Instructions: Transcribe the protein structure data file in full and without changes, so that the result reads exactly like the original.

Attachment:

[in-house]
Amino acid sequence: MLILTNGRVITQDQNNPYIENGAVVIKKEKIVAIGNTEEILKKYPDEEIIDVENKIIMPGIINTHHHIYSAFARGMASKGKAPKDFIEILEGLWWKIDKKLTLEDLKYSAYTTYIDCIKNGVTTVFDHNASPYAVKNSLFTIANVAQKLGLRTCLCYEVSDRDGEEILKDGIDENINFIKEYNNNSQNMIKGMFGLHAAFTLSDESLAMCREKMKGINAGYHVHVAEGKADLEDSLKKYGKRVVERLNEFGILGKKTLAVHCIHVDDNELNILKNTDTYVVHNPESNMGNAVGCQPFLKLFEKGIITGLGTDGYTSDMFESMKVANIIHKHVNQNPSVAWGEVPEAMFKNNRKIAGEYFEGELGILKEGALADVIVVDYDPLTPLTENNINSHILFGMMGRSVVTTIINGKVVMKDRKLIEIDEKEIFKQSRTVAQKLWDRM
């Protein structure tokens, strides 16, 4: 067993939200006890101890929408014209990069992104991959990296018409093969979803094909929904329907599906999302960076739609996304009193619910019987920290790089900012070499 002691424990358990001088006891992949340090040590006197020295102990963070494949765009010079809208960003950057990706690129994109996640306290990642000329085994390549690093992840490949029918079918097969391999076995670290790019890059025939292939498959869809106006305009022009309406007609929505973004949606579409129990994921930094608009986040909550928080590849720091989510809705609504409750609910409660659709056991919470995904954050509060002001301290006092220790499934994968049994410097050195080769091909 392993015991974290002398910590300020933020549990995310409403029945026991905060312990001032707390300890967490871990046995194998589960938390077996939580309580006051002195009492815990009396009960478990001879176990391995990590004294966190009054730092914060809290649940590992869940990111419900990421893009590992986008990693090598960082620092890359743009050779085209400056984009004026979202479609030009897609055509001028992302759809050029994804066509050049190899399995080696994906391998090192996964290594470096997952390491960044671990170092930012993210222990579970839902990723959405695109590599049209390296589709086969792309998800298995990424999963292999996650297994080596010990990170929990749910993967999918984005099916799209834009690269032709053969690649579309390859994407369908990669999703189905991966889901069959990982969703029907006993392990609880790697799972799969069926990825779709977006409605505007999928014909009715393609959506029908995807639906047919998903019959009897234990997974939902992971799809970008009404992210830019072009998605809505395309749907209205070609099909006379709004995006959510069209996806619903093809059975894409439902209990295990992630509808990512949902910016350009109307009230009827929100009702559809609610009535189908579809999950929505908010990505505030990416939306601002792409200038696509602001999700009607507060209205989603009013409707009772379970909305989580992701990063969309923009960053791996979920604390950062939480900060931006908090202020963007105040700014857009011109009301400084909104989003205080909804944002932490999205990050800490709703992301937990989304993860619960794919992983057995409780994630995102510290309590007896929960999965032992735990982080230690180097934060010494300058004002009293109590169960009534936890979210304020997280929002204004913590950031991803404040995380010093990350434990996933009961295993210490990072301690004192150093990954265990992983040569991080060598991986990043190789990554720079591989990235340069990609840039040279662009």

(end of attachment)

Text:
[in-house]
Amino acid sequence: MLILTNGRVITQDQNNPYIENGAVVIKKEKIVAIGNTEEILKKYPDEEIIDVENKIIMPGIINTHHHIYSAFARGMASKGKAPKDFIEILEGLWWKIDKKLTLEDLKYSAYTTYIDCIKNGVTTVFDHNASPYAVKNSLFTIANVAQKLGLRTCLCYEVSDRDGEEILKDGIDENINFIKEYNNNSQNMIKGMFGLHAAFTLSDESLAMCREKMKGINAGYHVHVAEGKADLEDSLKKYGKRVVERLNEFGILGKKTLAVHCIHVDDNELNILKNTDTYVVHNPESNMGNAVGCQPFLKLFEKGIITGLGTDGYTSDMFESMKVANIIHKHVNQNPSVAWGEVPEAMFKNNRKIAGEYFEGELGILKEGALADVIVVDYDPLTPLTENNINSHILFGMMGRSVVTTIINGKVVMKDRKLIEIDEKEIFKQSRTVAQKLWDRM
């Protein structure tokens, strides 16, 4: 067993939200006890101890929408014209990069992104991959990296018409093969979803094909929904329907599906999302960076739609996304009193619910019987920290790089900012070499 002691424990358990001088006891992949340090040590006197020295102990963070494949765009010079809208960003950057990706690129994109996640306290990642000329085994390549690093992840490949029918079918097969391999076995670290790019890059025939292939498959869809106006305009022009309406007609929505973004949606579409129990994921930094608009986040909550928080590849720091989510809705609504409750609910409660659709056991919470995904954050509060002001301290006092220790499934994968049994410097050195080769091909 392993015991974290002398910590300020933020549990995310409403029945026991905060312990001032707390300890967490871990046995194998589960938390077996939580309580006051002195009492815990009396009960478990001879176990391995990590004294966190009054730092914060809290649940590992869940990111419900990421893009590992986008990693090598960082620092890359743009050779085209400056984009004026979202479609030009897609055509001028992302759809050029994804066509050049190899399995080696994906391998090192996964290594470096997952390491960044671990170092930012993210222990579970839902990723959405695109590599049209390296589709086969792309998800298995990424999963292999996650297994080596010990990170929990749910993967999918984005099916799209834009690269032709053969690649579309390859994407369908990669999703189905991966889901069959990982969703029907006993392990609880790697799972799969069926990825779709977006409605505007999928014909009715393609959506029908995807639906047919998903019959009897234990997974939902992971799809970008009404992210830019072009998605809505395309749907209205070609099909006379709004995006959510069209996806619903093809059975894409439902209990295990992630509808990512949902910016350009109307009230009827929100009702559809609610009535189908579809999950929505908010990505505030990416939306601002792409200038696509602001999700009607507060209205989603009013409707009772379970909305989580992701990063969309923009960053791996979920604390950062939480900060931006908090202020963007105040700014857009011109009301400084909104989003205080909804944002932490999205990050800490709703992301937990989304993860619960794919992983057995409780994630995102510290309590007896929960999965032992735990982080230690180097934060010494300058004002009293109590169960009534936890979210304020997280929002204004913590950031991803404040995380010093990350434990996933009961295993210490990072301690004192150093990954265990992983040569991080060598991986990043190789990554720079591989990235340069990609840039040279662009």